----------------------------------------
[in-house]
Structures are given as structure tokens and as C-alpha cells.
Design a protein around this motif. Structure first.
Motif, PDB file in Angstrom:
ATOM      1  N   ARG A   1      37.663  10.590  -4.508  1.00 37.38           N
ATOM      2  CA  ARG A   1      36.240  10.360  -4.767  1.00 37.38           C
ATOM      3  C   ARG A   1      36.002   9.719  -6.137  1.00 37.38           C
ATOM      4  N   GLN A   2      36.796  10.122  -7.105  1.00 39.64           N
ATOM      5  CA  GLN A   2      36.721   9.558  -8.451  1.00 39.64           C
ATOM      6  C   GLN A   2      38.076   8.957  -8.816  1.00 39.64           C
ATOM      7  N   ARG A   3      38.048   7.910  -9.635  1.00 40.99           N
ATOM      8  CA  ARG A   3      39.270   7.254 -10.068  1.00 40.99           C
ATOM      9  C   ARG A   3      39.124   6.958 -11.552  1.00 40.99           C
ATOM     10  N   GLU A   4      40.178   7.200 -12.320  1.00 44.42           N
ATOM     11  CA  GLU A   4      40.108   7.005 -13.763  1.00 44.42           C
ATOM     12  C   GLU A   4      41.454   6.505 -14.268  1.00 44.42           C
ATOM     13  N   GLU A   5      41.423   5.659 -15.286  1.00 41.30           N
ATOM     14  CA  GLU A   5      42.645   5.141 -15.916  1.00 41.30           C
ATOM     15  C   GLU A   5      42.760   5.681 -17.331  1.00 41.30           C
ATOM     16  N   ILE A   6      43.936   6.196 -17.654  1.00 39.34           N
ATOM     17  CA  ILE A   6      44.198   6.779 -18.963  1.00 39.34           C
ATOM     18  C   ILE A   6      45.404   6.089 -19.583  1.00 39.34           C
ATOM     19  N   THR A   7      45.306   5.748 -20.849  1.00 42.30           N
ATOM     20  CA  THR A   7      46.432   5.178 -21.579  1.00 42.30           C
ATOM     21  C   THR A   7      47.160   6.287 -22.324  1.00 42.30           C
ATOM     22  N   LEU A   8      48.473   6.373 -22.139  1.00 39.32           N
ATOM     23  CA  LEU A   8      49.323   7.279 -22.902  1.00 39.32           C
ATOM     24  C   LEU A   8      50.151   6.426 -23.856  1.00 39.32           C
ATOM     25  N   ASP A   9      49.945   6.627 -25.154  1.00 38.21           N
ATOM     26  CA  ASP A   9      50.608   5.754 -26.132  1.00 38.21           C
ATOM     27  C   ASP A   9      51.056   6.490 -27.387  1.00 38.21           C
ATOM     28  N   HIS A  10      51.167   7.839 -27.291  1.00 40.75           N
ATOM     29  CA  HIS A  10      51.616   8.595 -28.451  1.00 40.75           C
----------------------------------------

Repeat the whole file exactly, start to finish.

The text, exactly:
[in-house]
Structures are given as structure tokens and as C-alpha cells.
Design a protein around this motif. Structure first.
Motif, PDB file in Angstrom:
ATOM      1  N   ARG A   1      37.663  10.590  -4.508  1.00 37.38           N
ATOM      2  CA  ARG A   1      36.240  10.360  -4.767  1.00 37.38           C
ATOM      3  C   ARG A   1      36.002   9.719  -6.137  1.00 37.38           C
ATOM      4  N   GLN A   2      36.796  10.122  -7.105  1.00 39.64           N
ATOM      5  CA  GLN A   2      36.721   9.558  -8.451  1.00 39.64           C
ATOM      6  C   GLN A   2      38.076   8.957  -8.816  1.00 39.64           C
ATOM      7  N   ARG A   3      38.048   7.910  -9.635  1.00 40.99           N
ATOM      8  CA  ARG A   3      39.270   7.254 -10.068  1.00 40.99           C
ATOM      9  C   ARG A   3      39.124   6.958 -11.552  1.00 40.99           C
ATOM     10  N   GLU A   4      40.178   7.200 -12.320  1.00 44.42           N
ATOM     11  CA  GLU A   4      40.108   7.005 -13.763  1.00 44.42           C
ATOM     12  C   GLU A   4      41.454   6.505 -14.268  1.00 44.42           C
ATOM     13  N   GLU A   5      41.423   5.659 -15.286  1.00 41.30           N
ATOM     14  CA  GLU A   5      42.645   5.141 -15.916  1.00 41.30           C
ATOM     15  C   GLU A   5      42.760   5.681 -17.331  1.00 41.30           C
ATOM     16  N   ILE A   6      43.936   6.196 -17.654  1.00 39.34           N
ATOM     17  CA  ILE A   6      44.198   6.779 -18.963  1.00 39.34           C
ATOM     18  C   ILE A   6      45.404   6.089 -19.583  1.00 39.34           C
ATOM     19  N   THR A   7      45.306   5.748 -20.849  1.00 42.30           N
ATOM     20  CA  THR A   7      46.432   5.178 -21.579  1.00 42.30           C
ATOM     21  C   THR A   7      47.160   6.287 -22.324  1.00 42.30           C
ATOM     22  N   LEU A   8      48.473   6.373 -22.139  1.00 39.32           N
ATOM     23  CA  LEU A   8      49.323   7.279 -22.902  1.00 39.32           C
ATOM     24  C   LEU A   8      50.151   6.426 -23.856  1.00 39.32           C
ATOM     25  N   ASP A   9      49.945   6.627 -25.154  1.00 38.21           N
ATOM     26  CA  ASP A   9      50.608   5.754 -26.132  1.00 38.21           C
ATOM     27  C   ASP A   9      51.056   6.490 -27.387  1.00 38.21           C
ATOM     28  N   HIS A  10      51.167   7.839 -27.291  1.00 40.75           N
ATOM     29  CA  HIS A  10      51.616   8.595 -28.451  1.00 40.75           C